I was living in my hometown of Kumamoto, Japan during the 2021 pandemic with my children. It was during that time when I decided to launch my small business, Yoka—a dream I had been nurturing for decades. Akio Yonehara from Kajiya Kiln was one of the first artisans to believe in me and my dreams, offering his exceptional works when I first started Yoka. This blog post is a heartfelt tribute to Akio, his artistry, and the journey we’ve shared over the past few years.

The Humble Beginnings

I’ve probably shared this story with many of you, but in Japan, business cards are crucial. When I went on my initial buying trip before launching my website, I didn’t even have one. Despite this, Akio and his wife warmly welcomed me and supported my business plan to highlight and assist local artisans from my hometown. Their belief in me and my vision was a significant boost to my fledgling business.

When I brought back my first purchases, they quickly sold out, affirming my mission. This success led me to continue reaching out to Akio, and over the past two years, I’ve made several trips to his studio. Unfortunately, I couldn't restock his products as frequently as I wanted because he and his wife became busier helping their parents with the rice farms. Their house and studio are literally in the middle of rice fields. I got completely lost using Google Maps to find his studio in 2021, but now, after annual visits, I know the way by heart. Haha!

A Meaningful Connection

Here’s another beautiful story that makes Akio’s works special to me. One of my earliest customers bought a mug cup crafted by Akio and shared her family history. Her grandparents had moved to Hawaii from Kumamoto in the 1800s. As a third-generation Japanese American, she was always searching for her grandparents' "home." She was deeply moved and thrilled to own a piece from Kumamoto, Japan, which made her feel a connection to her roots. When I shared this story with Akio, he was equally touched.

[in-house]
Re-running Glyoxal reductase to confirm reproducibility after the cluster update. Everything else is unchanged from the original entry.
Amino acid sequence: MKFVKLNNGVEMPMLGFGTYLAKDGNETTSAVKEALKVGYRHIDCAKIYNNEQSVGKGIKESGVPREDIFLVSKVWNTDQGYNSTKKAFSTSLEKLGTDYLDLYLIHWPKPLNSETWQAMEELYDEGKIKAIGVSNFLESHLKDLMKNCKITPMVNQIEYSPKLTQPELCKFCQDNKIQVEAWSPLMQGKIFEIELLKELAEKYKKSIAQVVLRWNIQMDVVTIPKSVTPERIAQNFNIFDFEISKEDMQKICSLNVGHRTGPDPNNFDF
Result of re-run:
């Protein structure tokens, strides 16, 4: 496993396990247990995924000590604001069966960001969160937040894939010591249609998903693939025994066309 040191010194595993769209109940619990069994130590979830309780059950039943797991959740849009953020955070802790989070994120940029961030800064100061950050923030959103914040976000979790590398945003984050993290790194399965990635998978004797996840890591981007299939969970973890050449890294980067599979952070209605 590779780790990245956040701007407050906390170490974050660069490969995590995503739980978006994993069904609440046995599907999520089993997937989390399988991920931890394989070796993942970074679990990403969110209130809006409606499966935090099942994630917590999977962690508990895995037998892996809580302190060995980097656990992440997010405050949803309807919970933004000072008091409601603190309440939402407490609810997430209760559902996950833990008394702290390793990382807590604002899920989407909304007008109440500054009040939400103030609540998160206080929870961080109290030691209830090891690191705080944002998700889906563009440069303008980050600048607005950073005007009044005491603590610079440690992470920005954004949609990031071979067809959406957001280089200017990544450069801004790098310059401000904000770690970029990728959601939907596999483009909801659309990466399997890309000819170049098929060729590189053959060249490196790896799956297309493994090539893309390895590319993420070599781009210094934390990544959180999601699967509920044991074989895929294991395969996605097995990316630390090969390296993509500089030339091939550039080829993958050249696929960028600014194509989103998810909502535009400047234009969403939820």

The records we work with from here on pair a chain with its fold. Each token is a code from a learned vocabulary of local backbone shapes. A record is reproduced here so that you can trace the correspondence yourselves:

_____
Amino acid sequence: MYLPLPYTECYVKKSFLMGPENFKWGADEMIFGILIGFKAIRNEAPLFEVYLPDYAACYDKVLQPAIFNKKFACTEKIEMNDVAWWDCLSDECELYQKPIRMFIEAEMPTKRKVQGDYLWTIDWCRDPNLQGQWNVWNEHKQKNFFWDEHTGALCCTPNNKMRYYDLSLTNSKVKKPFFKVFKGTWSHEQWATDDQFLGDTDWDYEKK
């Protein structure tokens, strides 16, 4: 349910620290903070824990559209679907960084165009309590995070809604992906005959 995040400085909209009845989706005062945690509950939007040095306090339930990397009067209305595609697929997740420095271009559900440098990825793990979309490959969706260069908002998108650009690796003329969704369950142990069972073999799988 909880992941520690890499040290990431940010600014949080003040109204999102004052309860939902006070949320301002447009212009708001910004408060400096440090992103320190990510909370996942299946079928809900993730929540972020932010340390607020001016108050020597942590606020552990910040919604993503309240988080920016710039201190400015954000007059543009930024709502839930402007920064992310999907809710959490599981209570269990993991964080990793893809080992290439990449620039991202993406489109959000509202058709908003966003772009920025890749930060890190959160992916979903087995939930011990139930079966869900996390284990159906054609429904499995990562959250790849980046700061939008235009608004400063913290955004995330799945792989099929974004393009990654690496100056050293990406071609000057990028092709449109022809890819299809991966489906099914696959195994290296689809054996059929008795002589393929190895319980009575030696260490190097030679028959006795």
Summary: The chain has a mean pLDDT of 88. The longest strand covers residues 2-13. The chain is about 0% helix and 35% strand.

She created a painting of Akio's ceramic pieces, capturing a moment that was both touching and sweet.

Sometimes, a simple object can evoke profound happiness and connect memories across generations. I was delighted that this customer shared her story, prompting me to reflect on the meaning of my shop’s name, Yoka—"good" in my hometown’s dialect. It’s about sharing good things, feelings, and creating a positive cycle. This philosophy is at the heart of everything I do at Yoka.

 

The Artistry of Akio Yonehara

Akio trained at Fumoto Kiln, a historic ceramic company in Kumamoto, before starting his own kiln. He honors local ceramic traditions by using local clay and creating glaze from rice straw ashes, resulting in a beautiful snow-white finish. His unique patterns, reminiscent of clouds, rice plants, and ocean waves, reflect the landscapes of our homeland, Kyushu Island, Japan.

Crafted from local clay with passion and precision, Akio’s pieces embody simplicity and elegance. Each item offers a warm, slightly chunky touch, adding unique charm to any setting. Handmade in his studio nestled amidst rice fields, Akio’s ceramics are rare finds, produced in limited quantities due to his dedication to family and farming.

After nearly three years, I am thrilled to showcase Akio’s work at Yoka, celebrating the beauty and commitment that infuse every piece. This collaboration is not just about business; it’s about preserving and sharing the rich cultural heritage of Kumamoto and supporting the artisans who keep these traditions alive.

The journey with Akio has been deeply rewarding, filled with moments of mutual respect, admiration, and growth. His dedication to his craft and his family is inspiring, and I am honored to bring his extraordinary creations to a wider audience.

Launching Yoka has been a dream come true, made possible by the support of artisans like Akio Yonehara. His work embodies the spirit of Kumamoto, blending tradition with artistry in a way that resonates deeply with our customers. As we continue to grow and share these beautiful pieces, I remain grateful for the connections and stories that make this journey so meaningful.

Thank you for being a part of Yoka’s story. We look forward to sharing more incredible works from talented artisans like Akio, who remind us of the beauty and goodness in every handmade piece.

 

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